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MPs support the time extension recommendation to resolve irregularities with a show of hands
MPs support the time extension recommendation to resolve irregularities with a show of hands

One year given to resolve audit irregularities

Speaker Jigme Zangpo had to call members to vote for the second time to determine whether or not to extend the time by a year for agencies to resolve audit irregularities during the deliberation on the review of the financial audit report (ARR 2010-2016) yesterday.

The Joint Sitting of the Parliament endorsed all the recommendations, including giving agencies more time, after the deliberation on the recommendations made by the Public Account Committee.

The House endorsed the 10 recommendations with 65 ‘Yes’ votes.

Opposition Leader Pema Gyamtsho (PhD) said that the time frame to resolve the irregularities by September this year was too short. After a month, the election period begins and the interim government takes charge, he said. “I propose it to be deferred to March 31, 2019 instead of September this year.”

Others, including PAC members, said giving more time would mean the Parliament is making a mockery of itself by just giving more time to those not complying with its recommendations more time.

“The delay could only de-motivate the RAA officials working hard on the issues,” one of the MPs said.

Deputy chairperson of the PAC, Choida Gyamtsho, said that this was the third time the Parliament extended the deadline.

“It is easy to give more time because it only makes less jobs for committee members,” he said. “We felt the issues need to be resolved as early as possible through many public hearings.”

However, the majority ruled in favour of more time.

Meanwhile, unresolved audit issues with loans from the Rural Enterprise Development Corporation Ltd. surfaced and sparked some debate among the members.

The Parliament had earlier recommended that loan recovery be hastened and the turn around time for the loan disbursement be shortened.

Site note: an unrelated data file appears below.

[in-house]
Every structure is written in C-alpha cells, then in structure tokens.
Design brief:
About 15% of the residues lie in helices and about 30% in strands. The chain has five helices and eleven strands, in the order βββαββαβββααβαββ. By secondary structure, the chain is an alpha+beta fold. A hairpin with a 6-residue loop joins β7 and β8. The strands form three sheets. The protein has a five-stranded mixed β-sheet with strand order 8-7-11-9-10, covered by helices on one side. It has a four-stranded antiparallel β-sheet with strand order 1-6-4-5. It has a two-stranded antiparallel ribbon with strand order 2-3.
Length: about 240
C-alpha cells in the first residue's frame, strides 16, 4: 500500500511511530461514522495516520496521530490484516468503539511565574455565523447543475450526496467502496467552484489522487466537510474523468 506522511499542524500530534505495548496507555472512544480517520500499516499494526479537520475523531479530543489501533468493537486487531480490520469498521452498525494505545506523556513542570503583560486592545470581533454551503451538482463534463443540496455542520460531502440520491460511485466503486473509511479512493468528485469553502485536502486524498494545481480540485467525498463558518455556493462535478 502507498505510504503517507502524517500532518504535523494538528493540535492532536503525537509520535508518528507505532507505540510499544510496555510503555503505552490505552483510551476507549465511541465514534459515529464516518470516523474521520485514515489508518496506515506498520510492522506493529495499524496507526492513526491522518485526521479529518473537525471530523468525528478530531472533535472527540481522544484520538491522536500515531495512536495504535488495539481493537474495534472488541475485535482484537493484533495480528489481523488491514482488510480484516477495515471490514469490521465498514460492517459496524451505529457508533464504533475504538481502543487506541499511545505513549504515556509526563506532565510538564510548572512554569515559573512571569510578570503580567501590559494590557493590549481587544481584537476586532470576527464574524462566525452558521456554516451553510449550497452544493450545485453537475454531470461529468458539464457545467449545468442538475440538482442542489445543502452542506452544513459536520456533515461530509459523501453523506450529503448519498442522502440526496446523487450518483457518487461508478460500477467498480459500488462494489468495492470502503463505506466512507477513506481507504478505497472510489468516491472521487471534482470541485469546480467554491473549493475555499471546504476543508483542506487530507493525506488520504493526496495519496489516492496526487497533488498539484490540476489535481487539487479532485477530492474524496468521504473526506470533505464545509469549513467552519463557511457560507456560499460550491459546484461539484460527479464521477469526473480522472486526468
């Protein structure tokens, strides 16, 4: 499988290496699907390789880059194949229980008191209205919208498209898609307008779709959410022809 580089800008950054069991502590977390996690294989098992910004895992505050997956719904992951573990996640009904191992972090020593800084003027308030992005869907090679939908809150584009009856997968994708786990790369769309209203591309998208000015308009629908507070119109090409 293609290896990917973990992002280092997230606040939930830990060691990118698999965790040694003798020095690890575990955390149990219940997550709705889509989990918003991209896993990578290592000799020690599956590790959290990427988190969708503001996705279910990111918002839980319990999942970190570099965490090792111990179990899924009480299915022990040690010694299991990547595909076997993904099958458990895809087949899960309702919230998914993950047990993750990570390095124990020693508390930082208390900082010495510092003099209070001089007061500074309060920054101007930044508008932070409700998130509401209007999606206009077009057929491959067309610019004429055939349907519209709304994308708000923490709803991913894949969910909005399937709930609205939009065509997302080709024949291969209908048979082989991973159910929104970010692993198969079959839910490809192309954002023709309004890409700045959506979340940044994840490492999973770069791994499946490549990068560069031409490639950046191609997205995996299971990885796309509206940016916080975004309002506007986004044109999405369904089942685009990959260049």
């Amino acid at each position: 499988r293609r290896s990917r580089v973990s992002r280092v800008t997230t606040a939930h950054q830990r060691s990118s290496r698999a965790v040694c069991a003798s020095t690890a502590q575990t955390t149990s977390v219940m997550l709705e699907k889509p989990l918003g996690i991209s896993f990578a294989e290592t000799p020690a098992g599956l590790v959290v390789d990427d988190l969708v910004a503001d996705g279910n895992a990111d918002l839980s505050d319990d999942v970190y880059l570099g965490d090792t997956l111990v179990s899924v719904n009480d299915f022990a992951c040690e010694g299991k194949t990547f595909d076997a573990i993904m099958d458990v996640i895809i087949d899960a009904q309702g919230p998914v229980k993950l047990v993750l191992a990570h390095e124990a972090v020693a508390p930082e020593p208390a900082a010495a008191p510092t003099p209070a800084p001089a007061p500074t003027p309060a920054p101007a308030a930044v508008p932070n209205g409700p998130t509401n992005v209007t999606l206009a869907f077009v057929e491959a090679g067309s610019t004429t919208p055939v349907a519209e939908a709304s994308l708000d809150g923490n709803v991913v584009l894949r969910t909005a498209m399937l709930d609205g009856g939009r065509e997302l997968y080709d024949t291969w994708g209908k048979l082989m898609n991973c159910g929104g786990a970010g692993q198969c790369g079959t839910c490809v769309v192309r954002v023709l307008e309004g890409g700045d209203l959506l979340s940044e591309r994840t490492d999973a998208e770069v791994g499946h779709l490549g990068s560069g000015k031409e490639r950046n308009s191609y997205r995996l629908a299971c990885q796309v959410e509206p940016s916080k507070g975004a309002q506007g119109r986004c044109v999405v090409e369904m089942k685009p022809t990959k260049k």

REDCL CEO’s letter to the PAC chairman on June 5 stated that the non-performing loan of the pervious BOiC, which was 28.5 percent last September has been reduced to 16.3 percent as of May this year.

The decrease was attributed to some measures the corporation took such as calling clients if they missed repayment within 90 days, if they exceed that period then to call the client and give the individual 15 days to clear. If the client misses the 15-day deadline then the corporation sends a letter to the client to pay in the next 10 days with a copy of the letter to the respective gup.

For those who cannot pay within the time, an agreement is made with the client to pay within a month.

The corporation sends the final letter to the client if the payment is not made within a month. After the letter, if the loan payment is not made, the client is taken to court, the letter stated.

MP Dorji Wangi said that while the 16.3 percent is not significant, the non-performing loan amount of more than Nu 36 million was huge.

“This shows that there are many loan defaulters as most of the loans are upto Nu 1 million,” he said.

Health minister Tandin Wangchuk said that it is important to be cognizant of the fact that the corporation has reduced non-performing loans to 16.3 percent.

“They have committed to reduce it further to 11 percent and we have to appreciate that,” he said, adding that the loans have benefitted many in the rural areas.

As of last month, REDCL has approved loans for 3,467 applicants from 7,230 applicants and disbursed Nu 319.8 million. The corporation takes at least two months to disburse loans.

Tshering Palden

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